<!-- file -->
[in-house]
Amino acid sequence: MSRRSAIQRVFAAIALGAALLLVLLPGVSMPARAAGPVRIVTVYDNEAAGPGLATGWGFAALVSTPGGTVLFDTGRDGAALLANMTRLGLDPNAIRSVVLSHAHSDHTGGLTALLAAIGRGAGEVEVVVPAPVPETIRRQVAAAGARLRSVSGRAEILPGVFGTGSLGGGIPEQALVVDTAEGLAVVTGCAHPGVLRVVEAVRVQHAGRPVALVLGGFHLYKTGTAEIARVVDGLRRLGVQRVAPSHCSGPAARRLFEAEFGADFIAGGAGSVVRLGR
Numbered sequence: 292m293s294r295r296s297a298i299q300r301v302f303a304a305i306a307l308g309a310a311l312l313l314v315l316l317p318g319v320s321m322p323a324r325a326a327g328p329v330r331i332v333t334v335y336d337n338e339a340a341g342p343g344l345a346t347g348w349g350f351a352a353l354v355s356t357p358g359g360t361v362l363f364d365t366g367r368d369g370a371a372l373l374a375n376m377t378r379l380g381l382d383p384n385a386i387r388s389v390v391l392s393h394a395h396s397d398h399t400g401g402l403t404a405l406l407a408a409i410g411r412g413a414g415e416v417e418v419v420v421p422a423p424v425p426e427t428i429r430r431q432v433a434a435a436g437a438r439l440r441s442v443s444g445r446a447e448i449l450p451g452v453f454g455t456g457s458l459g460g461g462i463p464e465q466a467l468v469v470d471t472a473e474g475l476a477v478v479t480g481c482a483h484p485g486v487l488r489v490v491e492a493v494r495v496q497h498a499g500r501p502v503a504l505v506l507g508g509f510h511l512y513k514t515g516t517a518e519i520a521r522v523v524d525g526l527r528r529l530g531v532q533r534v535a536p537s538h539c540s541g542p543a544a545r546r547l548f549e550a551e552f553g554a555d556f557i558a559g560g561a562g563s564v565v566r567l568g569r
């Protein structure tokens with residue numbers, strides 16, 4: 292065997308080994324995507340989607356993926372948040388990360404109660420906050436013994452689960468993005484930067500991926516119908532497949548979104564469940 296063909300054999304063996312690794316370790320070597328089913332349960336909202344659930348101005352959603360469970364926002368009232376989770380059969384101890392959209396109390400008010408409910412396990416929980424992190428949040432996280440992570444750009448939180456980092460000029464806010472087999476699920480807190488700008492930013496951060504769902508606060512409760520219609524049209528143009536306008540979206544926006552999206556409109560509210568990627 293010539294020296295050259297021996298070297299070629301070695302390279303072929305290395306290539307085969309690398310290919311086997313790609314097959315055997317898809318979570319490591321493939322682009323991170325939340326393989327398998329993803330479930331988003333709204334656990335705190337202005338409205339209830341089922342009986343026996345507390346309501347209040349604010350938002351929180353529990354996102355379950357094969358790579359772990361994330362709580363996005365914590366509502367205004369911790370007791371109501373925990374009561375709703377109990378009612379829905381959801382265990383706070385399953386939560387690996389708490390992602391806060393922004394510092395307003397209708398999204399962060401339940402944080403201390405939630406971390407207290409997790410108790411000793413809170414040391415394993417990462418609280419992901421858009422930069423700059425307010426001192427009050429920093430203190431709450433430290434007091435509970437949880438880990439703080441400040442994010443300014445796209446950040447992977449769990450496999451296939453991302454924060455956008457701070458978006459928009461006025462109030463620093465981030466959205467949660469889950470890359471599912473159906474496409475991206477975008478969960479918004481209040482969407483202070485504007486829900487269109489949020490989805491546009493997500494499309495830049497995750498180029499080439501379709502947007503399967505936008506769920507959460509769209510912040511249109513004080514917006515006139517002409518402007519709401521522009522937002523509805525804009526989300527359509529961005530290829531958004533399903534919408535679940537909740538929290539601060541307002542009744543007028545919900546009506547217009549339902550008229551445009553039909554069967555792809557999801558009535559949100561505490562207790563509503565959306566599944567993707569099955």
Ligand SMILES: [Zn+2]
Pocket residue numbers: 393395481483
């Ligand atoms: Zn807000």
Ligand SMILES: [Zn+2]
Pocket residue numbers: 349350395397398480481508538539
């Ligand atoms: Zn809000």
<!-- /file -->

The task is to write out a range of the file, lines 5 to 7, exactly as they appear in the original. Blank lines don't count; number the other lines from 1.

Ligand SMILES: [Zn+2]
Pocket residue numbers: 393395481483
């Ligand atoms: Zn807000």